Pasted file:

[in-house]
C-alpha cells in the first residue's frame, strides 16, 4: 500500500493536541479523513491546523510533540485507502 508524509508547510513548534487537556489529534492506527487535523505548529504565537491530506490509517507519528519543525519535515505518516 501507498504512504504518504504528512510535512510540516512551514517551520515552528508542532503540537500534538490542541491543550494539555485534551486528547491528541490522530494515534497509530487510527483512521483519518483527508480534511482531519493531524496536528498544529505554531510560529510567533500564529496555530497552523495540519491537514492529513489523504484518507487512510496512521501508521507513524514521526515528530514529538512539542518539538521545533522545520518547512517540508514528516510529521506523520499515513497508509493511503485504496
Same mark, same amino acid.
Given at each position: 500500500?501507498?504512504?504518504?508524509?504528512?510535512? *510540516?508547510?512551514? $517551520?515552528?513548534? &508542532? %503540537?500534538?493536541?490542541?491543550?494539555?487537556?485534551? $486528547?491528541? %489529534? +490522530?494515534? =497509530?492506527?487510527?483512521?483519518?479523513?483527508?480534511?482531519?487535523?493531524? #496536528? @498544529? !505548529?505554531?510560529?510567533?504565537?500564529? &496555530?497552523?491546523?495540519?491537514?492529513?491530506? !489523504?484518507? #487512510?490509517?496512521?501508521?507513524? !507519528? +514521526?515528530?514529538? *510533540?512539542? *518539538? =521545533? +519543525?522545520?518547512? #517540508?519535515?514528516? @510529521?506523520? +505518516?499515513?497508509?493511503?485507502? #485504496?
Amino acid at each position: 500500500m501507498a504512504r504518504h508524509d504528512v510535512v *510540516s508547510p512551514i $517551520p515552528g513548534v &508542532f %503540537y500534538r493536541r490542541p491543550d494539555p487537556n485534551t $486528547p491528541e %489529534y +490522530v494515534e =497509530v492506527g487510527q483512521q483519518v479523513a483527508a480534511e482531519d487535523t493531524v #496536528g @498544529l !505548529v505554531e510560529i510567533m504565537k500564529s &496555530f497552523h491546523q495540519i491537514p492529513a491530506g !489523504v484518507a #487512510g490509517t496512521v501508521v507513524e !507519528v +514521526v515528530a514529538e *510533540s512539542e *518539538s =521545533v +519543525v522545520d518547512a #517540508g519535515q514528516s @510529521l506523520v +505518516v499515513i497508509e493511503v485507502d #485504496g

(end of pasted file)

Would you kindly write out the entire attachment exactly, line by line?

[in-house]
C-alpha cells in the first residue's frame, strides 16, 4: 500500500493536541479523513491546523510533540485507502 508524509508547510513548534487537556489529534492506527487535523505548529504565537491530506490509517507519528519543525519535515505518516 501507498504512504504518504504528512510535512510540516512551514517551520515552528508542532503540537500534538490542541491543550494539555485534551486528547491528541490522530494515534497509530487510527483512521483519518483527508480534511482531519493531524496536528498544529505554531510560529510567533500564529496555530497552523495540519491537514492529513489523504484518507487512510496512521501508521507513524514521526515528530514529538512539542518539538521545533522545520518547512517540508514528516510529521506523520499515513497508509493511503485504496
Same mark, same amino acid.
Given at each position: 500500500?501507498?504512504?504518504?508524509?504528512?510535512? *510540516?508547510?512551514? $517551520?515552528?513548534? &508542532? %503540537?500534538?493536541?490542541?491543550?494539555?487537556?485534551? $486528547?491528541? %489529534? +490522530?494515534? =497509530?492506527?487510527?483512521?483519518?479523513?483527508?480534511?482531519?487535523?493531524? #496536528? @498544529? !505548529?505554531?510560529?510567533?504565537?500564529? &496555530?497552523?491546523?495540519?491537514?492529513?491530506? !489523504?484518507? #487512510?490509517?496512521?501508521?507513524? !507519528? +514521526?515528530?514529538? *510533540?512539542? *518539538? =521545533? +519543525?522545520?518547512? #517540508?519535515?514528516? @510529521?506523520? +505518516?499515513?497508509?493511503?485507502? #485504496?
Amino acid at each position: 500500500m501507498a504512504r504518504h508524509d504528512v510535512v *510540516s508547510p512551514i $517551520p515552528g513548534v &508542532f %503540537y500534538r493536541r490542541p491543550d494539555p487537556n485534551t $486528547p491528541e %489529534y +490522530v494515534e =497509530v492506527g487510527q483512521q483519518v479523513a483527508a480534511e482531519d487535523t493531524v #496536528g @498544529l !505548529v505554531e510560529i510567533m504565537k500564529s &496555530f497552523h491546523q495540519i491537514p492529513a491530506g !489523504v484518507a #487512510g490509517t496512521v501508521v507513524e !507519528v +514521526v515528530a514529538e *510533540s512539542e *518539538s =521545533v +519543525v522545520d518547512a #517540508g519535515q514528516s @510529521l506523520v +505518516v499515513i497508509e493511503v485507502d #485504496g